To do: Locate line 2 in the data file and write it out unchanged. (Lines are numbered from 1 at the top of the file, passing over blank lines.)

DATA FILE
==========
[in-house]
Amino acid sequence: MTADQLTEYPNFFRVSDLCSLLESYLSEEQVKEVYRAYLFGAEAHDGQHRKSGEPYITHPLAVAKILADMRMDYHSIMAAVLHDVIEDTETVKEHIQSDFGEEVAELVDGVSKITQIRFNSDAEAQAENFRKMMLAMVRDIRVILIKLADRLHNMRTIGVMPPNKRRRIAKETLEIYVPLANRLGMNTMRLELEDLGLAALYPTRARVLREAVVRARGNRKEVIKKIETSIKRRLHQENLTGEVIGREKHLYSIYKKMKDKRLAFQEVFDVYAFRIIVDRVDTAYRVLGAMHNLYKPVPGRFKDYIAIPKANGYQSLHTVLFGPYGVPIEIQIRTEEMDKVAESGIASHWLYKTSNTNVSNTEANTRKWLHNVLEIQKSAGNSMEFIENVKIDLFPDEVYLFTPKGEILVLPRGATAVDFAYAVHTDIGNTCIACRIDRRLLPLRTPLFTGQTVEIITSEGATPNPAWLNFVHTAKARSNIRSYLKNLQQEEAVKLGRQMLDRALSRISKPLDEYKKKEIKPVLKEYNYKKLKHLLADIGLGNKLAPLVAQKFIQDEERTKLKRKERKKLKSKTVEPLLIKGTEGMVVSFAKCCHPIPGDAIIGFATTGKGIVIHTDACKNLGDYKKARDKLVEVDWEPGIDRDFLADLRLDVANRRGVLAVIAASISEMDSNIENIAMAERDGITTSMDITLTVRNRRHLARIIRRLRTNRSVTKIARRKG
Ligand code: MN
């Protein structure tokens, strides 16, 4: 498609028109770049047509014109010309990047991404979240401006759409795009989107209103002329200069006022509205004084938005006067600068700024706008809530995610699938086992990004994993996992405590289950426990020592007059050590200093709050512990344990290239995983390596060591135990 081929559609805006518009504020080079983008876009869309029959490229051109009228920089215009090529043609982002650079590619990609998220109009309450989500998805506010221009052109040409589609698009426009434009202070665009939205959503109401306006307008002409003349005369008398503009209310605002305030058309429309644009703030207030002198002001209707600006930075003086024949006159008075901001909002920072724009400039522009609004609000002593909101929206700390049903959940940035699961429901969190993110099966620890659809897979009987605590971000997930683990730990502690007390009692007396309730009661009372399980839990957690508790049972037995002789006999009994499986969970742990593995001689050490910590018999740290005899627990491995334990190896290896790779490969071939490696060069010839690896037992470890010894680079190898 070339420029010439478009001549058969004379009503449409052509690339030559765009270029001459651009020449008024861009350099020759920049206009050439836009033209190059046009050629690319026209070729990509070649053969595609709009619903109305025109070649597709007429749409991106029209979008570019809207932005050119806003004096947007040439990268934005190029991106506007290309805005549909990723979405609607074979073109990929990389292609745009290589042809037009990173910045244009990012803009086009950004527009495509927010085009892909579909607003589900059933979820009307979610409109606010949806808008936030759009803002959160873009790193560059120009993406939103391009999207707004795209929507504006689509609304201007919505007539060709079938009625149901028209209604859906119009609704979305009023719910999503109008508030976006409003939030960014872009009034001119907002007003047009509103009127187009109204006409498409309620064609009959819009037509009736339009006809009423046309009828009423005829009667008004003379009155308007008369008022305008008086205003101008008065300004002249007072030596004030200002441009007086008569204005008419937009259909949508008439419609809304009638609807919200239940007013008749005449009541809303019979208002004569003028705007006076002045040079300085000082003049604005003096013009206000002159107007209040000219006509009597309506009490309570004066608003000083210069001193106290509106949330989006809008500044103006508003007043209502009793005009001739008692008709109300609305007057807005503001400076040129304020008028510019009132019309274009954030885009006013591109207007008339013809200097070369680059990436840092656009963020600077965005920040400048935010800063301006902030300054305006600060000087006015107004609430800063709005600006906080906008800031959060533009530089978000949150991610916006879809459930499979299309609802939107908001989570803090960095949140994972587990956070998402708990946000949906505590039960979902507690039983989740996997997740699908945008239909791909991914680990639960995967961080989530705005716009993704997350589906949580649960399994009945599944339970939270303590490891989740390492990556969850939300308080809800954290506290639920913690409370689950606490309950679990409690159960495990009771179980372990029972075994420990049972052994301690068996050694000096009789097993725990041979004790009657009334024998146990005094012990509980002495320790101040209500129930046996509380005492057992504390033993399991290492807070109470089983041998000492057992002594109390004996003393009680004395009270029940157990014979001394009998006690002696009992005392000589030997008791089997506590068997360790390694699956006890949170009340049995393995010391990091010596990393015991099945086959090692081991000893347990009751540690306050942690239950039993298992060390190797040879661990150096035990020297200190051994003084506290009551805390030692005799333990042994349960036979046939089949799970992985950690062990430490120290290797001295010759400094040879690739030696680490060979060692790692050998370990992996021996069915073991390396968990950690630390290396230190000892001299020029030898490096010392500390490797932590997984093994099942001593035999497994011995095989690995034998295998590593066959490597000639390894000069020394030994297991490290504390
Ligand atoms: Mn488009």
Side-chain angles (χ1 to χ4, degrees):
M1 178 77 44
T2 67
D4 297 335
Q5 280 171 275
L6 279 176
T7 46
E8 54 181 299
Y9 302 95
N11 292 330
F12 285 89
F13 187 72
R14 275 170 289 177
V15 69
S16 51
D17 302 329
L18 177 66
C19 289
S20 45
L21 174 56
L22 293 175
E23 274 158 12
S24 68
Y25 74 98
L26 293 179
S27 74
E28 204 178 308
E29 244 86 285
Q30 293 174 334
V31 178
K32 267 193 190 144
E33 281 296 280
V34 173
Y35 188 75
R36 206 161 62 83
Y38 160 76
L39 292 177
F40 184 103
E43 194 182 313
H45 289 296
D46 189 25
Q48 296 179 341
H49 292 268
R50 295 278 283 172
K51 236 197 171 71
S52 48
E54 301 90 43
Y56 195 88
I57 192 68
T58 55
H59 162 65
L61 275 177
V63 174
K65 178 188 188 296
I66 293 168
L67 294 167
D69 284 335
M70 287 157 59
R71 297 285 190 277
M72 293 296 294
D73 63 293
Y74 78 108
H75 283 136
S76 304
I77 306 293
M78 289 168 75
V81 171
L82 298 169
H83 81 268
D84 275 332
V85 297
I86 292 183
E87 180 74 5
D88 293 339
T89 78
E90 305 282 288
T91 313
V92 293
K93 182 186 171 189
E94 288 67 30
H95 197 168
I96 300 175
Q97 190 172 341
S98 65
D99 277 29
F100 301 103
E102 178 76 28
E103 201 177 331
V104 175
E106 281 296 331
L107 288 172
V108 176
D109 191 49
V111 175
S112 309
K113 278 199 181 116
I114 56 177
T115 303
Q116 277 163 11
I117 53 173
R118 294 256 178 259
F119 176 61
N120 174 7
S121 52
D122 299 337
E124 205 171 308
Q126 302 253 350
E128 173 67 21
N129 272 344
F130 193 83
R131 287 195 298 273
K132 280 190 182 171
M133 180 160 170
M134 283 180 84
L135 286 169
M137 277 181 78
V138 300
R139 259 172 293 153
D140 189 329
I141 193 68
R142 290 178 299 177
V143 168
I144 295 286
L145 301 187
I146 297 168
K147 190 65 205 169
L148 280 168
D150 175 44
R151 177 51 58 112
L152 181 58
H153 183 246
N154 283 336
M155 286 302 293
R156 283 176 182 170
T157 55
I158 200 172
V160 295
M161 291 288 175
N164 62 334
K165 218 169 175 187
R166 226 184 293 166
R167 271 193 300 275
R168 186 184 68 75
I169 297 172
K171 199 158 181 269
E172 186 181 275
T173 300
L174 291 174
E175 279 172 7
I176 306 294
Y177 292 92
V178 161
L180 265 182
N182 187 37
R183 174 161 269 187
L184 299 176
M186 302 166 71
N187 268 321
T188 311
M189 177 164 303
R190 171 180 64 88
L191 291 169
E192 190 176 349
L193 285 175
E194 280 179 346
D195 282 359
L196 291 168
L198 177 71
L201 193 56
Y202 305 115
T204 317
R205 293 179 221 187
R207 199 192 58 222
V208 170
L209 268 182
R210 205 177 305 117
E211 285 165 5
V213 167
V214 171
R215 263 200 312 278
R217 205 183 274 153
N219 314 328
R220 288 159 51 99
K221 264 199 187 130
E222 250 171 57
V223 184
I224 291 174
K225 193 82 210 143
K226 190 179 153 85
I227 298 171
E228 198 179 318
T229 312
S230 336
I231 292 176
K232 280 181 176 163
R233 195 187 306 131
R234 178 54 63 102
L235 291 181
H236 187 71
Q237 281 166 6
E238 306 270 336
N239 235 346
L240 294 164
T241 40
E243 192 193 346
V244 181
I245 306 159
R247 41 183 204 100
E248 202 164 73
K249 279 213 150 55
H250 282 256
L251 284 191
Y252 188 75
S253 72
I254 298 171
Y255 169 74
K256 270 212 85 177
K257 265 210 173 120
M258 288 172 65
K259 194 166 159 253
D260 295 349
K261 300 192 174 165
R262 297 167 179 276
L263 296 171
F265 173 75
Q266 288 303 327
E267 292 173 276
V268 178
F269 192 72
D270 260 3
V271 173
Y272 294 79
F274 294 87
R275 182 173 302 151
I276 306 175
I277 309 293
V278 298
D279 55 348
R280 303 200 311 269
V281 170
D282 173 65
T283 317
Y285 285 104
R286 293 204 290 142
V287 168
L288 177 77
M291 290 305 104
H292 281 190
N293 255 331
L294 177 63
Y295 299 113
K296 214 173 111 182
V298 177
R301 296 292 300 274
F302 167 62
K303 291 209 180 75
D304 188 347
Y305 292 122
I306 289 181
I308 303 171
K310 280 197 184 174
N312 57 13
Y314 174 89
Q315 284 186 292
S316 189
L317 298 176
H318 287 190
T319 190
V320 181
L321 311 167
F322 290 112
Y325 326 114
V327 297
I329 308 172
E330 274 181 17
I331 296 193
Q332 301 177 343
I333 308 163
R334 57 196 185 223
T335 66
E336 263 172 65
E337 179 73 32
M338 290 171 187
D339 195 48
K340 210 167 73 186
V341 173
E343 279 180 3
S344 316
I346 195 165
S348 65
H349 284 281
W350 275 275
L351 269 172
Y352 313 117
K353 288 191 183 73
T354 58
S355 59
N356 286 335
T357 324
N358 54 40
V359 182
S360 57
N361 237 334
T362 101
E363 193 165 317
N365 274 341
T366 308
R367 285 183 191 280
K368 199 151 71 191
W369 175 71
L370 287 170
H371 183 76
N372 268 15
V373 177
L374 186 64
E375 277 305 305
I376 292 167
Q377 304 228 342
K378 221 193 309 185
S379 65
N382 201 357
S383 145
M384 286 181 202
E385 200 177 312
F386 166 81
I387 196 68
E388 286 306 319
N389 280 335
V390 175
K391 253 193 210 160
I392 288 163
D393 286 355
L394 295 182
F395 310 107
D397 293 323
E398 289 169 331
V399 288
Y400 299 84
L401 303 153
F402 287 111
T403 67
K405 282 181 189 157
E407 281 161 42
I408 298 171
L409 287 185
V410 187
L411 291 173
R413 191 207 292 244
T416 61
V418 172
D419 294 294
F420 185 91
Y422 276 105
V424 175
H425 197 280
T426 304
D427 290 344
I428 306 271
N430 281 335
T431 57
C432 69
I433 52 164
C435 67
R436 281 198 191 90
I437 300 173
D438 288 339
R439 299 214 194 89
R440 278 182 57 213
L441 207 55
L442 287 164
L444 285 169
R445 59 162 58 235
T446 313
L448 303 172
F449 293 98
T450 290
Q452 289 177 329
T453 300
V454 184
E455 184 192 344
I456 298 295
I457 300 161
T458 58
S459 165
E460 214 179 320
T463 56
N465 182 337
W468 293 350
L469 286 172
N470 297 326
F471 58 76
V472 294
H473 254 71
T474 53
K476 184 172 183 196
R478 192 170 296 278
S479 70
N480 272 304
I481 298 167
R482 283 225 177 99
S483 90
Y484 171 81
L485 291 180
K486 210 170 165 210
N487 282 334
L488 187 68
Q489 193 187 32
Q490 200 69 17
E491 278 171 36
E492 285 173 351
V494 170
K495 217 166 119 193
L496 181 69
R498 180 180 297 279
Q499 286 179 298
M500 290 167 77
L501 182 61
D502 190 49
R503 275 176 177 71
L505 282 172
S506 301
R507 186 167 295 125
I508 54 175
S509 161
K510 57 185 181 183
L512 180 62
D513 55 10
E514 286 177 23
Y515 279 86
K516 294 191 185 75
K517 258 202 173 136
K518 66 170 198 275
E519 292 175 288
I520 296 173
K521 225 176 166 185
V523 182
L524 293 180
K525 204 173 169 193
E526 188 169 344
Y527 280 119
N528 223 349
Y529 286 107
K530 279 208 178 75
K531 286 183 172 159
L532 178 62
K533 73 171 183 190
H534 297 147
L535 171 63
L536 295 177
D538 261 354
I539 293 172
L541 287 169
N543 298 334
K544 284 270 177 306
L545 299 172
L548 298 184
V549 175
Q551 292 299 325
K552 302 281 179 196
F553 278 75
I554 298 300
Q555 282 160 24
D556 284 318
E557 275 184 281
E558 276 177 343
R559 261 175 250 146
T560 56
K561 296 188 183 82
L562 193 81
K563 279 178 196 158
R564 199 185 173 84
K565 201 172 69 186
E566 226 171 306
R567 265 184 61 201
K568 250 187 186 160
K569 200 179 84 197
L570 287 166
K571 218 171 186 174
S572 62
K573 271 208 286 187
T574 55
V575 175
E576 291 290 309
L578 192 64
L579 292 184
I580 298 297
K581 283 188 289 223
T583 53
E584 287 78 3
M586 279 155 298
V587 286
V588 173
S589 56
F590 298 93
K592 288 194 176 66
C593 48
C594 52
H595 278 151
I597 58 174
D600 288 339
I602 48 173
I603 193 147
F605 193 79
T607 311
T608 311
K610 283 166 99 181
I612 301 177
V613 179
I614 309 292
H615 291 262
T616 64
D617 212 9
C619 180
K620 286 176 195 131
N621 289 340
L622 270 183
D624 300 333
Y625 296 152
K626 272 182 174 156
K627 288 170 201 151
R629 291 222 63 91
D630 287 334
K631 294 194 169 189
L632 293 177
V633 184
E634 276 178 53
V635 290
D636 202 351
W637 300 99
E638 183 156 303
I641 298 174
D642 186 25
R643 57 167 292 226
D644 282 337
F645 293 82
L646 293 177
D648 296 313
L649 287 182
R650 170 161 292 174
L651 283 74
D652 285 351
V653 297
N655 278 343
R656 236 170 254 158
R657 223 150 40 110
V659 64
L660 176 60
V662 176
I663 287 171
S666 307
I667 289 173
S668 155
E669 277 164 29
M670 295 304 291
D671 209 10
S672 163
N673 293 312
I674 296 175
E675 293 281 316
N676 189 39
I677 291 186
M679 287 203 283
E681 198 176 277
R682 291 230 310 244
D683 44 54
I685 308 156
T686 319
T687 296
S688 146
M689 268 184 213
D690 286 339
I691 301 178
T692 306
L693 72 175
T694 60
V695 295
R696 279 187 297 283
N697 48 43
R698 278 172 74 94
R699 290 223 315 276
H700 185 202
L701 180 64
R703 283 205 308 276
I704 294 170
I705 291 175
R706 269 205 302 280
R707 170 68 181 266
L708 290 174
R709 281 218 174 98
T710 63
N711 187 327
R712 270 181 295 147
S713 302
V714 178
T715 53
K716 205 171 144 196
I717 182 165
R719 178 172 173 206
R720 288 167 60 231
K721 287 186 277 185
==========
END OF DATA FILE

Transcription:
Amino acid sequence: MTADQLTEYPNFFRVSDLCSLLESYLSEEQVKEVYRAYLFGAEAHDGQHRKSGEPYITHPLAVAKILADMRMDYHSIMAAVLHDVIEDTETVKEHIQSDFGEEVAELVDGVSKITQIRFNSDAEAQAENFRKMMLAMVRDIRVILIKLADRLHNMRTIGVMPPNKRRRIAKETLEIYVPLANRLGMNTMRLELEDLGLAALYPTRARVLREAVVRARGNRKEVIKKIETSIKRRLHQENLTGEVIGREKHLYSIYKKMKDKRLAFQEVFDVYAFRIIVDRVDTAYRVLGAMHNLYKPVPGRFKDYIAIPKANGYQSLHTVLFGPYGVPIEIQIRTEEMDKVAESGIASHWLYKTSNTNVSNTEANTRKWLHNVLEIQKSAGNSMEFIENVKIDLFPDEVYLFTPKGEILVLPRGATAVDFAYAVHTDIGNTCIACRIDRRLLPLRTPLFTGQTVEIITSEGATPNPAWLNFVHTAKARSNIRSYLKNLQQEEAVKLGRQMLDRALSRISKPLDEYKKKEIKPVLKEYNYKKLKHLLADIGLGNKLAPLVAQKFIQDEERTKLKRKERKKLKSKTVEPLLIKGTEGMVVSFAKCCHPIPGDAIIGFATTGKGIVIHTDACKNLGDYKKARDKLVEVDWEPGIDRDFLADLRLDVANRRGVLAVIAASISEMDSNIENIAMAERDGITTSMDITLTVRNRRHLARIIRRLRTNRSVTKIARRKG